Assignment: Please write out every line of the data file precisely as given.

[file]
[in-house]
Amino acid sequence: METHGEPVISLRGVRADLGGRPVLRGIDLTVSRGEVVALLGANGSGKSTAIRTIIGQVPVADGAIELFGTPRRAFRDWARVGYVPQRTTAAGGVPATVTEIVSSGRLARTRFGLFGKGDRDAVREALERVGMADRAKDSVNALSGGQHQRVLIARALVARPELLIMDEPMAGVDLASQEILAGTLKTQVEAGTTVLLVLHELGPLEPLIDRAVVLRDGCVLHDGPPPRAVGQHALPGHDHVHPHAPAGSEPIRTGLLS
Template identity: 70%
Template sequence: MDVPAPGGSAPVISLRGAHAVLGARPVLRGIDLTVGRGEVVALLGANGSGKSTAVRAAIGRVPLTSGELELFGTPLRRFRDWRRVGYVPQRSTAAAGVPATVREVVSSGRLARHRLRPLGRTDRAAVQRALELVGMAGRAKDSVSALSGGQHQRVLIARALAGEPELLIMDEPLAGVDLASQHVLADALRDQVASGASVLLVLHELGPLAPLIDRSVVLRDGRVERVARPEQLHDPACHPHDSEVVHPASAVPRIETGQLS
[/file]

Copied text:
[in-house]
Amino acid sequence: METHGEPVISLRGVRADLGGRPVLRGIDLTVSRGEVVALLGANGSGKSTAIRTIIGQVPVADGAIELFGTPRRAFRDWARVGYVPQRTTAAGGVPATVTEIVSSGRLARTRFGLFGKGDRDAVREALERVGMADRAKDSVNALSGGQHQRVLIARALVARPELLIMDEPMAGVDLASQEILAGTLKTQVEAGTTVLLVLHELGPLEPLIDRAVVLRDGCVLHDGPPPRAVGQHALPGHDHVHPHAPAGSEPIRTGLLS
Template identity: 70%
Template sequence: MDVPAPGGSAPVISLRGAHAVLGARPVLRGIDLTVGRGEVVALLGANGSGKSTAVRAAIGRVPLTSGELELFGTPLRRFRDWRRVGYVPQRSTAAAGVPATVREVVSSGRLARHRLRPLGRTDRAAVQRALELVGMAGRAKDSVSALSGGQHQRVLIARALAGEPELLIMDEPLAGVDLASQHVLADALRDQVASGASVLLVLHELGPLAPLIDRSVVLRDGRVERVARPEQLHDPACHPHDSEVVHPASAVPRIETGQLS